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Arthropod Allergy

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Overview of arthropods that can cause allergic reactions, such as ticks, mites, and insects.

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Arthropod Allergy

  1. 1. Nathan Hare MD, FAAAAI Allergy Partners of Lewisburg 10/29/14 http://goo.gl/Sq5WiU
  2. 2. • None
  3. 3. This presentation is designed to present an overview of this topic. This presentation is for informational and educational purposes only. Those involved in the creation of this presentation, including Nathan Hare, M.D. and Allergy Partners, PA, will not be held responsible for any treatment taken by viewers as a result of their interpretations of the information provided.
  4. 4. • Arthropods: Insects vs. arachnids • What is an allergy? • What is anaphylaxis? • What symptoms are consistent with an allergic reaction? • Management of anaphylaxis • Routes of exposure for an allergic reaction • Review of arthropod reactions • Route of exposure • Types of reactions • Management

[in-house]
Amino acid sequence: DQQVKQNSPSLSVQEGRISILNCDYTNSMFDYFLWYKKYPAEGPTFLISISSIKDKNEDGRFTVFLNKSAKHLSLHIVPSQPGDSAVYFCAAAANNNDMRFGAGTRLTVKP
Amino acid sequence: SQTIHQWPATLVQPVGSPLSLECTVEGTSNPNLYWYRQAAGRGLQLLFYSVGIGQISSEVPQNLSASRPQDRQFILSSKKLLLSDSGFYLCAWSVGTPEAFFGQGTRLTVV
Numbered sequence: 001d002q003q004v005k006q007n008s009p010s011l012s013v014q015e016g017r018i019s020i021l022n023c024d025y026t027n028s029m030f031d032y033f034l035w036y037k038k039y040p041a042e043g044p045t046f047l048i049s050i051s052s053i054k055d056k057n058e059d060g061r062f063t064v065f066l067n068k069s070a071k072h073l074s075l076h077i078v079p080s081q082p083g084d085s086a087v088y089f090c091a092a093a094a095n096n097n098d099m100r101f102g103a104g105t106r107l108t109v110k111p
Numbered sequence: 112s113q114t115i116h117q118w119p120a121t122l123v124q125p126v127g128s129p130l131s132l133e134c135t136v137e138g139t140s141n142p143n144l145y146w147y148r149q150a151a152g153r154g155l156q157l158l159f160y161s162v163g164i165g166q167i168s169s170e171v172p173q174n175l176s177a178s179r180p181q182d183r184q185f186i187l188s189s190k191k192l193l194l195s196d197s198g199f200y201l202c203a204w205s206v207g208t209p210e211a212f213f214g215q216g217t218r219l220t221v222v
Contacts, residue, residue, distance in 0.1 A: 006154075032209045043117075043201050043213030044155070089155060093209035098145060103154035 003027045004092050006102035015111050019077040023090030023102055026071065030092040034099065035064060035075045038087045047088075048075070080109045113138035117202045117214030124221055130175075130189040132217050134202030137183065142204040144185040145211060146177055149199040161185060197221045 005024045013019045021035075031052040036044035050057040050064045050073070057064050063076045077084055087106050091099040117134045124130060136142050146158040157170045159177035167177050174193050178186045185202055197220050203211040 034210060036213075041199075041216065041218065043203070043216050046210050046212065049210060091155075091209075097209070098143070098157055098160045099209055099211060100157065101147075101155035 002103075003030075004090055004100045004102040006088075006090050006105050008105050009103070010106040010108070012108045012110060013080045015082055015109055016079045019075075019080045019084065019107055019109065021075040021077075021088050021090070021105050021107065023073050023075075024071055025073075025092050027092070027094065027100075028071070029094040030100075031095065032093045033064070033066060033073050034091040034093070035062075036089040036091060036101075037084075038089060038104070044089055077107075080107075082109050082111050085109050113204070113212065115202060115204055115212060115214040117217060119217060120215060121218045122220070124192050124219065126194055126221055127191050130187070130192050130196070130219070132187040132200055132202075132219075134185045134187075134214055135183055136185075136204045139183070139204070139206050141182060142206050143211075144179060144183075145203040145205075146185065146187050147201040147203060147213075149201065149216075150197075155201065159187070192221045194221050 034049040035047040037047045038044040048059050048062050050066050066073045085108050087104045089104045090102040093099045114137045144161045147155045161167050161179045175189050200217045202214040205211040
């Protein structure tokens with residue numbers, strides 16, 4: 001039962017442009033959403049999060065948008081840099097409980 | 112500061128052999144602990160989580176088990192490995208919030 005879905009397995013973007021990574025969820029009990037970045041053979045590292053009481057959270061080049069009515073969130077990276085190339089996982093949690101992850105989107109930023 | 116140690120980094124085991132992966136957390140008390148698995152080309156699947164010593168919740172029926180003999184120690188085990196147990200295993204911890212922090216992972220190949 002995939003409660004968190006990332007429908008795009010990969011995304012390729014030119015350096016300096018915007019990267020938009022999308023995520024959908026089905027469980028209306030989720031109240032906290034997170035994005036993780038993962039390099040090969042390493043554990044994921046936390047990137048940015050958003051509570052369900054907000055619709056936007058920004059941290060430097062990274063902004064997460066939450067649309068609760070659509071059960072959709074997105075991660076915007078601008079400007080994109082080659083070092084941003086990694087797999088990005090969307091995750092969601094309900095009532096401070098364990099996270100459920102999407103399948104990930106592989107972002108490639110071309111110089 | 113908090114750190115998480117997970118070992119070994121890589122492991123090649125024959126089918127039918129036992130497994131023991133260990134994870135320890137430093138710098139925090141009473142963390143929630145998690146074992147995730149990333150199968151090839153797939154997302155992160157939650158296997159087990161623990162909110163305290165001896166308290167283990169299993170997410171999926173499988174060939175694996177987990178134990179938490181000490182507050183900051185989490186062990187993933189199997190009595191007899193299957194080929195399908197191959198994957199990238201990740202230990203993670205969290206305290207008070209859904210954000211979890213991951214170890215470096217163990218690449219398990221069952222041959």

5. 5. • “an organism with … three body regions– head, thorax, and abdomen.” • It has 6 legs • It has “a pair of antennae and external mouthparts.” http://insects.about.com/od/insects101/p/whatisaninsect.htm
  6. 6. http://insects.about.com/od/insects101/ss/howtoidaninsect.htm
  7. 7. http://goo.gl/vTpeQQ
  8. 8. • They have “two distinct regions, the cephalothorax and the abdomen.” • They have 8 legs. • They “lack wings and antennae.” http://insects.about.com/od/noninsectarthropods/p/arachnida.htm
  9. 9. http://goo.gl/vTpeQQ http://goo.gl/7m3UFh http://goo.gl/7MITvk http://goo.gl/MhEGXq http://goo.gl/kMl3Yg
  10. 10. • The immune system reacts to something harmless (allergen) • It thinks that the allergen is dangerous • Symptoms are caused by the immune system trying to defend the body • “Hypersensitivity”
  11. 11. • Irritation • Tarantula hairs • Envenomation (poison) • Caterpillars with poisonous spines • Saddleback caterpillar • Puss Caterpillar • Spider bites Black widow Brown recluse http://goo.gl/XzLTw4 Puss Caterpillar
  12. 12. • A rapid, sudden onset, life-threatening, allergic reaction.
  13. 13. • Mouth: Itchy, swelling of tongue and/or lips • Throat: Itchy, tightness/closure, hoarseness, trouble breathing/swallowing • Skin: Itchy, hives, redness, swelling, red watery eyes • Gut: Nausea, vomiting, cramps, diarrhea • Lung: Short of breath, wheeze, repetitive cough • Heart: Pale or blue skin color, dizzy/faint, weak pulse • Neurological: Sense of “impending doom,” irritability, change in alertness, mood change, http://goo.gl/Fp12Sp